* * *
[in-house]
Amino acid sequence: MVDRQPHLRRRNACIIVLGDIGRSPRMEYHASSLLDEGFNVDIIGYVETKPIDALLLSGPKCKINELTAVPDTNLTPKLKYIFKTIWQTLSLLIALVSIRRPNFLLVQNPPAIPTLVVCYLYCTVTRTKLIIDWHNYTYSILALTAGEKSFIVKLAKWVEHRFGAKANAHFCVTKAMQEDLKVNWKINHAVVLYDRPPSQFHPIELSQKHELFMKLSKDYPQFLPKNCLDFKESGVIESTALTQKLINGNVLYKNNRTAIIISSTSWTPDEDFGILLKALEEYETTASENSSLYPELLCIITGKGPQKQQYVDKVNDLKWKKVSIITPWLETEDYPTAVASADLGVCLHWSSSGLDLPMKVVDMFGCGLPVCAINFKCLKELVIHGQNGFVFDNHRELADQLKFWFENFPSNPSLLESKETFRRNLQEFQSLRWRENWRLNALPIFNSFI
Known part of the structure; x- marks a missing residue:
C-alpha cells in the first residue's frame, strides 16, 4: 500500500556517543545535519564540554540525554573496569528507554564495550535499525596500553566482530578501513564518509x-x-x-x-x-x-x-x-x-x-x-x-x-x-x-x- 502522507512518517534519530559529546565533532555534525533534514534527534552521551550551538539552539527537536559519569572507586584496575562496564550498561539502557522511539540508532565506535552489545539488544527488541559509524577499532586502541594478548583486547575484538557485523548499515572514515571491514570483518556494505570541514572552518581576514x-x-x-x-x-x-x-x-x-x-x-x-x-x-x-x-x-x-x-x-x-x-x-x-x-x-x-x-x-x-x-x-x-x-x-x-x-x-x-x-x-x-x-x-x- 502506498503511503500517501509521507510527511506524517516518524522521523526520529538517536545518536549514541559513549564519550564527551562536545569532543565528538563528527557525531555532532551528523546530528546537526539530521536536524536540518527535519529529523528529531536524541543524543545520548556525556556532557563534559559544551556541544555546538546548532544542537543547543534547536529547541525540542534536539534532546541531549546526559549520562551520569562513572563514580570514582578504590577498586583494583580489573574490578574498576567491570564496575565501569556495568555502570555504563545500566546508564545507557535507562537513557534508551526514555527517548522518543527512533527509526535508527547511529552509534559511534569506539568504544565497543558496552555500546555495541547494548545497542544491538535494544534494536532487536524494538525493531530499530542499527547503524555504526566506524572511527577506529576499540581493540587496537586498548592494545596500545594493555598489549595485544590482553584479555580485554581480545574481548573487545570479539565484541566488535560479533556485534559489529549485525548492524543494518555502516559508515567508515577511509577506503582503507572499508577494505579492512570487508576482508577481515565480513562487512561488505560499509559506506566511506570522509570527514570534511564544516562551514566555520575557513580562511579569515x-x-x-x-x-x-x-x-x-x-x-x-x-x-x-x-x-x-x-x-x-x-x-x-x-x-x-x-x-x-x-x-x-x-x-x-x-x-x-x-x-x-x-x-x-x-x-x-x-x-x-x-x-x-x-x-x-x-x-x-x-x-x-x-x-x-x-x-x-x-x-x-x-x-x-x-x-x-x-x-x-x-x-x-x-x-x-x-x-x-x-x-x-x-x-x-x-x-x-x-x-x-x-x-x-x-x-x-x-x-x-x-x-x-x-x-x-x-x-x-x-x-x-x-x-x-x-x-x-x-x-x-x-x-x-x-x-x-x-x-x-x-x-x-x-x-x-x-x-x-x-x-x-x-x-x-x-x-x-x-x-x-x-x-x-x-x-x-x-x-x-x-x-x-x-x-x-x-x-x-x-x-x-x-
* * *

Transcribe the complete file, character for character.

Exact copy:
[in-house]
Amino acid sequence: MVDRQPHLRRRNACIIVLGDIGRSPRMEYHASSLLDEGFNVDIIGYVETKPIDALLLSGPKCKINELTAVPDTNLTPKLKYIFKTIWQTLSLLIALVSIRRPNFLLVQNPPAIPTLVVCYLYCTVTRTKLIIDWHNYTYSILALTAGEKSFIVKLAKWVEHRFGAKANAHFCVTKAMQEDLKVNWKINHAVVLYDRPPSQFHPIELSQKHELFMKLSKDYPQFLPKNCLDFKESGVIESTALTQKLINGNVLYKNNRTAIIISSTSWTPDEDFGILLKALEEYETTASENSSLYPELLCIITGKGPQKQQYVDKVNDLKWKKVSIITPWLETEDYPTAVASADLGVCLHWSSSGLDLPMKVVDMFGCGLPVCAINFKCLKELVIHGQNGFVFDNHRELADQLKFWFENFPSNPSLLESKETFRRNLQEFQSLRWRENWRLNALPIFNSFI
Known part of the structure; x- marks a missing residue:
C-alpha cells in the first residue's frame, strides 16, 4: 500500500556517543545535519564540554540525554573496569528507554564495550535499525596500553566482530578501513564518509x-x-x-x-x-x-x-x-x-x-x-x-x-x-x-x- 502522507512518517534519530559529546565533532555534525533534514534527534552521551550551538539552539527537536559519569572507586584496575562496564550498561539502557522511539540508532565506535552489545539488544527488541559509524577499532586502541594478548583486547575484538557485523548499515572514515571491514570483518556494505570541514572552518581576514x-x-x-x-x-x-x-x-x-x-x-x-x-x-x-x-x-x-x-x-x-x-x-x-x-x-x-x-x-x-x-x-x-x-x-x-x-x-x-x-x-x-x-x-x- 502506498503511503500517501509521507510527511506524517516518524522521523526520529538517536545518536549514541559513549564519550564527551562536545569532543565528538563528527557525531555532532551528523546530528546537526539530521536536524536540518527535519529529523528529531536524541543524543545520548556525556556532557563534559559544551556541544555546538546548532544542537543547543534547536529547541525540542534536539534532546541531549546526559549520562551520569562513572563514580570514582578504590577498586583494583580489573574490578574498576567491570564496575565501569556495568555502570555504563545500566546508564545507557535507562537513557534508551526514555527517548522518543527512533527509526535508527547511529552509534559511534569506539568504544565497543558496552555500546555495541547494548545497542544491538535494544534494536532487536524494538525493531530499530542499527547503524555504526566506524572511527577506529576499540581493540587496537586498548592494545596500545594493555598489549595485544590482553584479555580485554581480545574481548573487545570479539565484541566488535560479533556485534559489529549485525548492524543494518555502516559508515567508515577511509577506503582503507572499508577494505579492512570487508576482508577481515565480513562487512561488505560499509559506506566511506570522509570527514570534511564544516562551514566555520575557513580562511579569515x-x-x-x-x-x-x-x-x-x-x-x-x-x-x-x-x-x-x-x-x-x-x-x-x-x-x-x-x-x-x-x-x-x-x-x-x-x-x-x-x-x-x-x-x-x-x-x-x-x-x-x-x-x-x-x-x-x-x-x-x-x-x-x-x-x-x-x-x-x-x-x-x-x-x-x-x-x-x-x-x-x-x-x-x-x-x-x-x-x-x-x-x-x-x-x-x-x-x-x-x-x-x-x-x-x-x-x-x-x-x-x-x-x-x-x-x-x-x-x-x-x-x-x-x-x-x-x-x-x-x-x-x-x-x-x-x-x-x-x-x-x-x-x-x-x-x-x-x-x-x-x-x-x-x-x-x-x-x-x-x-x-x-x-x-x-x-x-x-x-x-x-x-x-x-x-x-x-x-x-x-x-x-x-